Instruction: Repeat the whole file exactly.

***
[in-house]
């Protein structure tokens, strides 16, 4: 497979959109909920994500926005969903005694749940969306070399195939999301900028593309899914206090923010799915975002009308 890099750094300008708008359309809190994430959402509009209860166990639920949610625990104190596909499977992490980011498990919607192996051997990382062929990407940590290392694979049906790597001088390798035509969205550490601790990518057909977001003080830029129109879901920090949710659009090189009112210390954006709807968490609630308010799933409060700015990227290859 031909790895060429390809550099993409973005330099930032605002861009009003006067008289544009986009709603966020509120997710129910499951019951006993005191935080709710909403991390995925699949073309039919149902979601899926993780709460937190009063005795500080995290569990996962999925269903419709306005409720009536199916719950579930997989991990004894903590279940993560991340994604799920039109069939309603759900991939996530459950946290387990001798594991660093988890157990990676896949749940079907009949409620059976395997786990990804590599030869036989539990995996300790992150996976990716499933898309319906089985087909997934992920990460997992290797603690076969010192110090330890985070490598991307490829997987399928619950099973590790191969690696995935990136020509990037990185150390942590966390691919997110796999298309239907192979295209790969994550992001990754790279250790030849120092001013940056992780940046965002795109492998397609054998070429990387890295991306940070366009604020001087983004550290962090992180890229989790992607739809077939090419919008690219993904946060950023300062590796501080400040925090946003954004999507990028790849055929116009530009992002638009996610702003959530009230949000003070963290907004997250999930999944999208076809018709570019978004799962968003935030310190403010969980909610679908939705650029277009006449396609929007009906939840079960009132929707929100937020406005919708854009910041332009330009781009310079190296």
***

[in-house]
């Protein structure tokens, strides 16, 4: 497979959109909920994500926005969903005694749940969306070399195939999301900028593309899914206090923010799915975002009308 890099750094300008708008359309809190994430959402509009209860166990639920949610625990104190596909499977992490980011498990919607192996051997990382062929990407940590290392694979049906790597001088390798035509969205550490601790990518057909977001003080830029129109879901920090949710659009090189009112210390954006709807968490609630308010799933409060700015990227290859 031909790895060429390809550099993409973005330099930032605002861009009003006067008289544009986009709603966020509120997710129910499951019951006993005191935080709710909403991390995925699949073309039919149902979601899926993780709460937190009063005795500080995290569990996962999925269903419709306005409720009536199916719950579930997989991990004894903590279940993560991340994604799920039109069939309603759900991939996530459950946290387990001798594991660093988890157990990676896949749940079907009949409620059976395997786990990804590599030869036989539990995996300790992150996976990716499933898309319906089985087909997934992920990460997992290797603690076969010192110090330890985070490598991307490829997987399928619950099973590790191969690696995935990136020509990037990185150390942590966390691919997110796999298309239907192979295209790969994550992001990754790279250790030849120092001013940056992780940046965002795109492998397609054998070429990387890295991306940070366009604020001087983004550290962090992180890229989790992607739809077939090419919008690219993904946060950023300062590796501080400040925090946003954004999507990028790849055929116009530009992002638009996610702003959530009230949000003070963290907004997250999930999944999208076809018709570019978004799962968003935030310190403010969980909610679908939705650029277009006449396609929007009906939840079960009132929707929100937020406005919708854009910041332009330009781009310079190296």